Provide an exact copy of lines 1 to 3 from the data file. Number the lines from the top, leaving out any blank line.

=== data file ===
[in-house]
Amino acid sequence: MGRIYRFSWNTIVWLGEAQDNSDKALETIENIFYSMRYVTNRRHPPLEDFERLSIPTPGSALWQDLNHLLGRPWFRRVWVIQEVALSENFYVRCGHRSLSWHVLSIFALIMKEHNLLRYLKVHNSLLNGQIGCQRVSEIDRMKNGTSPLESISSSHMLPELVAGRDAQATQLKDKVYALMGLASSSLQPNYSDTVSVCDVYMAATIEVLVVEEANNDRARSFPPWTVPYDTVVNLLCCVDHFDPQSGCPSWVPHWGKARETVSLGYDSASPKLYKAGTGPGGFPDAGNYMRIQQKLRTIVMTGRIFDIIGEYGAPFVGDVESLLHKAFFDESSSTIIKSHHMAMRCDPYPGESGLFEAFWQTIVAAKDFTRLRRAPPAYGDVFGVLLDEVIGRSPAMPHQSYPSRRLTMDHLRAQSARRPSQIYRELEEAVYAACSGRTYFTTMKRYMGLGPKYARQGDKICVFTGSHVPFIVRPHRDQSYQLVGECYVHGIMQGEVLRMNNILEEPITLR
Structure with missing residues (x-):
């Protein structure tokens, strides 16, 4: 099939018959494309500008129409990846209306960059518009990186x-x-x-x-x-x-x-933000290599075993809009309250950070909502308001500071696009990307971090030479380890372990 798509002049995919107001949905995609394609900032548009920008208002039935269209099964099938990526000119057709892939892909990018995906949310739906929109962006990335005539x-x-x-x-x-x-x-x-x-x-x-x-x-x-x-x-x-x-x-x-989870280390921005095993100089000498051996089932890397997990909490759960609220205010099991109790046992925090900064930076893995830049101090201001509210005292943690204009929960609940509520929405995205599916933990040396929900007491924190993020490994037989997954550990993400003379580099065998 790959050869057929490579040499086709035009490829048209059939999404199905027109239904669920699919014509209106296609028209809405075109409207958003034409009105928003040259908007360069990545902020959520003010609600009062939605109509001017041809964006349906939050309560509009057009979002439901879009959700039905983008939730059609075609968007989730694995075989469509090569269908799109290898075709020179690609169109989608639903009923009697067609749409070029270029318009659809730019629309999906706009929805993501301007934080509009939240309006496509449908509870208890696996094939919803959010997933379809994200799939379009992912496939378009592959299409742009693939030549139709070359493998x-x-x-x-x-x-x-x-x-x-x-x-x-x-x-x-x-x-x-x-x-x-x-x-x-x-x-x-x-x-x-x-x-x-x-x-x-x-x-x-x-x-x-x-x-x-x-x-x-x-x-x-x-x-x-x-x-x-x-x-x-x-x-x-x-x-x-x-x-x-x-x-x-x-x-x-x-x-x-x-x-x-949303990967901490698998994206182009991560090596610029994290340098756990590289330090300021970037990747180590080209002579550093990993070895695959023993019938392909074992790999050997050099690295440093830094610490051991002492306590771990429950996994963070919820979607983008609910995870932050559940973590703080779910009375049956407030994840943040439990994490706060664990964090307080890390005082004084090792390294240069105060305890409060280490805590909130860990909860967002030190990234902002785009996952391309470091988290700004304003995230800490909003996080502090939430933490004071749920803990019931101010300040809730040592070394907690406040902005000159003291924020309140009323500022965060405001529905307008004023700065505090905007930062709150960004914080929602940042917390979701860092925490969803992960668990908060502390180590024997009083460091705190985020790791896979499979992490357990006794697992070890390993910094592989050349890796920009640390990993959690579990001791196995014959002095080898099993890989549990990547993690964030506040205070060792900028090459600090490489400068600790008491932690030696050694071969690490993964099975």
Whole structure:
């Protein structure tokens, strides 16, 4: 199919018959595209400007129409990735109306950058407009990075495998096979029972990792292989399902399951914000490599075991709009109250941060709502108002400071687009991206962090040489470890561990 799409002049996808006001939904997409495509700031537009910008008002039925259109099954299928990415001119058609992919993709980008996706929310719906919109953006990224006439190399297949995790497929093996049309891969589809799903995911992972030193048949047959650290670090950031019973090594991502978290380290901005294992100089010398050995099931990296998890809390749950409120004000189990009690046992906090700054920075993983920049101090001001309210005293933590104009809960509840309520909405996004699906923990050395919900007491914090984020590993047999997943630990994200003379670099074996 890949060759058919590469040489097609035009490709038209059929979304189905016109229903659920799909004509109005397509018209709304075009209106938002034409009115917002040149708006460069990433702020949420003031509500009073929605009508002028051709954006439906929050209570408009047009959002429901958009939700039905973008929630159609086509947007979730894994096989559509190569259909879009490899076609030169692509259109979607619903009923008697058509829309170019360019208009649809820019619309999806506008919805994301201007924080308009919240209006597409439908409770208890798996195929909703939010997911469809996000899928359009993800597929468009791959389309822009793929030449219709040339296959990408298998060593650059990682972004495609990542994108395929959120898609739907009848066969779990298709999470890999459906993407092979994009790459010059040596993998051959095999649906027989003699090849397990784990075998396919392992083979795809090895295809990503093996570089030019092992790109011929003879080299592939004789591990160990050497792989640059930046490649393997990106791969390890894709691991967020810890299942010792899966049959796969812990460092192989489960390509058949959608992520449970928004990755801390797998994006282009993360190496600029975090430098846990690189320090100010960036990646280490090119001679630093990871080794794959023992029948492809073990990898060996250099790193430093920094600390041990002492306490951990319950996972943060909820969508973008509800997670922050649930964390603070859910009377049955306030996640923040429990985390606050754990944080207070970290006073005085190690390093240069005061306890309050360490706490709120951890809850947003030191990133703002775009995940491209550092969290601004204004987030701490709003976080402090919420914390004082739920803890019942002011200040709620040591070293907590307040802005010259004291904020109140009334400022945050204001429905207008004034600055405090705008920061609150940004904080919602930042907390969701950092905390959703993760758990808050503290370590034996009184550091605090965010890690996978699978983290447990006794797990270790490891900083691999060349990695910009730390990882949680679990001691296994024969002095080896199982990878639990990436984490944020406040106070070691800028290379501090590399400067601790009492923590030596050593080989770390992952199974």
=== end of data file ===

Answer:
[in-house]
Amino acid sequence: MGRIYRFSWNTIVWLGEAQDNSDKALETIENIFYSMRYVTNRRHPPLEDFERLSIPTPGSALWQDLNHLLGRPWFRRVWVIQEVALSENFYVRCGHRSLSWHVLSIFALIMKEHNLLRYLKVHNSLLNGQIGCQRVSEIDRMKNGTSPLESISSSHMLPELVAGRDAQATQLKDKVYALMGLASSSLQPNYSDTVSVCDVYMAATIEVLVVEEANNDRARSFPPWTVPYDTVVNLLCCVDHFDPQSGCPSWVPHWGKARETVSLGYDSASPKLYKAGTGPGGFPDAGNYMRIQQKLRTIVMTGRIFDIIGEYGAPFVGDVESLLHKAFFDESSSTIIKSHHMAMRCDPYPGESGLFEAFWQTIVAAKDFTRLRRAPPAYGDVFGVLLDEVIGRSPAMPHQSYPSRRLTMDHLRAQSARRPSQIYRELEEAVYAACSGRTYFTTMKRYMGLGPKYARQGDKICVFTGSHVPFIVRPHRDQSYQLVGECYVHGIMQGEVLRMNNILEEPITLR
Structure with missing residues (x-):